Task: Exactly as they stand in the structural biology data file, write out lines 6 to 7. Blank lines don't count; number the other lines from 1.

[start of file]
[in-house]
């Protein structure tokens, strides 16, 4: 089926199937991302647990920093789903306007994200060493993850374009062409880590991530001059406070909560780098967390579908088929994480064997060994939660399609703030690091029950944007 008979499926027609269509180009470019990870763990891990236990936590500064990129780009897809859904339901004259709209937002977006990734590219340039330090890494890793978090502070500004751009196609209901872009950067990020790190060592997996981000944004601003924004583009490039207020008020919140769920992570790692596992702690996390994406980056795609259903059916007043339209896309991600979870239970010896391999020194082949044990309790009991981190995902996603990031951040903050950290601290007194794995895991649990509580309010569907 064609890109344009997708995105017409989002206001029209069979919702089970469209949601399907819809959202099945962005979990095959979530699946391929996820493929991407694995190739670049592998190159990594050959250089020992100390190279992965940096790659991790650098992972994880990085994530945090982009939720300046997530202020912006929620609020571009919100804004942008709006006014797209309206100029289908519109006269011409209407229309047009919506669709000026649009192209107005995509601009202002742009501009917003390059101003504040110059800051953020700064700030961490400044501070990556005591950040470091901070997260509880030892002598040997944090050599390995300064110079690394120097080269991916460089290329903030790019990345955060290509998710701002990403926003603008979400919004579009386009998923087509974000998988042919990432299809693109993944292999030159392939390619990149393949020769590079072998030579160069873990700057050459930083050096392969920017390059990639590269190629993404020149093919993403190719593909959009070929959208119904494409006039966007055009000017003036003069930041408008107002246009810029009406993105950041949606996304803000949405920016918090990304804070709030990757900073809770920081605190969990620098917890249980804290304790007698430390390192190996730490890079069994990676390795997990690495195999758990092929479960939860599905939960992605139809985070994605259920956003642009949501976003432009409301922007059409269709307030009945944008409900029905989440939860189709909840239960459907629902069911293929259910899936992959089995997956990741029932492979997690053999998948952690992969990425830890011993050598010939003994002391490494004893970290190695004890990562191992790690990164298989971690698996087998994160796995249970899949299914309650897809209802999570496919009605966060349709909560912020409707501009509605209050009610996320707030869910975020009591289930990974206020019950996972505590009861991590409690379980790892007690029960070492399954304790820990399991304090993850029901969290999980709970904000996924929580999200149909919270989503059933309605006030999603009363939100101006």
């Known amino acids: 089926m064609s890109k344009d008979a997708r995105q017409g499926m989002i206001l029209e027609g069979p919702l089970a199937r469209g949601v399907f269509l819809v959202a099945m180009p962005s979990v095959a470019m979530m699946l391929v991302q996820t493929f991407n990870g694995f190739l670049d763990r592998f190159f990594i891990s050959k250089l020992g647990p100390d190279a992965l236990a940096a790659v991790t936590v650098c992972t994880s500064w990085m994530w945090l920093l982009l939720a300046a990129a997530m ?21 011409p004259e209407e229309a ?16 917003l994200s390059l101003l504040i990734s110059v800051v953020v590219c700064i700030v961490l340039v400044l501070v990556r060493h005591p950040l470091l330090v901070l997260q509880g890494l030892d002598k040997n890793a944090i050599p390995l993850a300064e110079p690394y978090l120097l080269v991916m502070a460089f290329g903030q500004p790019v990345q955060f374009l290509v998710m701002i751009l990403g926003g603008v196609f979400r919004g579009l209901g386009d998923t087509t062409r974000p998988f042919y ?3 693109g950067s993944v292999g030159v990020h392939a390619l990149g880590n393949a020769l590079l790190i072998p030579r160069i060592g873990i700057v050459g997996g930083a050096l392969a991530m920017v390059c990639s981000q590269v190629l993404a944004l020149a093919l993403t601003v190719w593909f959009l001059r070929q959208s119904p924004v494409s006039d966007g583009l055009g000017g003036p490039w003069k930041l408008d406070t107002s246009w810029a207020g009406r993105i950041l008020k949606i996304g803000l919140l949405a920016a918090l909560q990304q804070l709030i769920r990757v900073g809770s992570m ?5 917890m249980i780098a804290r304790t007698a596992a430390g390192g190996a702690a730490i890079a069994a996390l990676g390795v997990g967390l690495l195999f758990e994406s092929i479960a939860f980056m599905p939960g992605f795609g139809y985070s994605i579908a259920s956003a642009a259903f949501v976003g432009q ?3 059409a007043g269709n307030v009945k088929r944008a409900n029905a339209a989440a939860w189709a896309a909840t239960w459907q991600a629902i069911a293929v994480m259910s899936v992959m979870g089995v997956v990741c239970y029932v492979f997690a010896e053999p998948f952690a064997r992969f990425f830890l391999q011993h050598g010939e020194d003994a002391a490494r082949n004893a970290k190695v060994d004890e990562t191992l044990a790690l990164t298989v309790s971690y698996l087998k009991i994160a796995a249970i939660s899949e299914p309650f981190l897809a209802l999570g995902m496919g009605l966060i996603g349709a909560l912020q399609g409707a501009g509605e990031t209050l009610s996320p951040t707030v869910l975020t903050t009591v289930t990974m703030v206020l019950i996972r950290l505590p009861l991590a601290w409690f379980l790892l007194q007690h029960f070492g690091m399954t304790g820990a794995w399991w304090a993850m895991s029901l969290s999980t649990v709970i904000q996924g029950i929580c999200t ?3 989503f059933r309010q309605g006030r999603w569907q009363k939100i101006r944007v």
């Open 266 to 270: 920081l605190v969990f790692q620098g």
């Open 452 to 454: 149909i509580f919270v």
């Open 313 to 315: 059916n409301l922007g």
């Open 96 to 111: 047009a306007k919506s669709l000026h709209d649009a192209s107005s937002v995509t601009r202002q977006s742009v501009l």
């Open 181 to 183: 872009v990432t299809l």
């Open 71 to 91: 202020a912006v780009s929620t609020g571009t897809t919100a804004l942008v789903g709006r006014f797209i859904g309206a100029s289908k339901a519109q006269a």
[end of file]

């Open 313 to 315: 059916n409301l922007g």
């Open 96 to 111: 047009a306007k919506s669709l000026h709209d649009a192209s107005s937002v995509t601009r202002q977006s742009v501009l």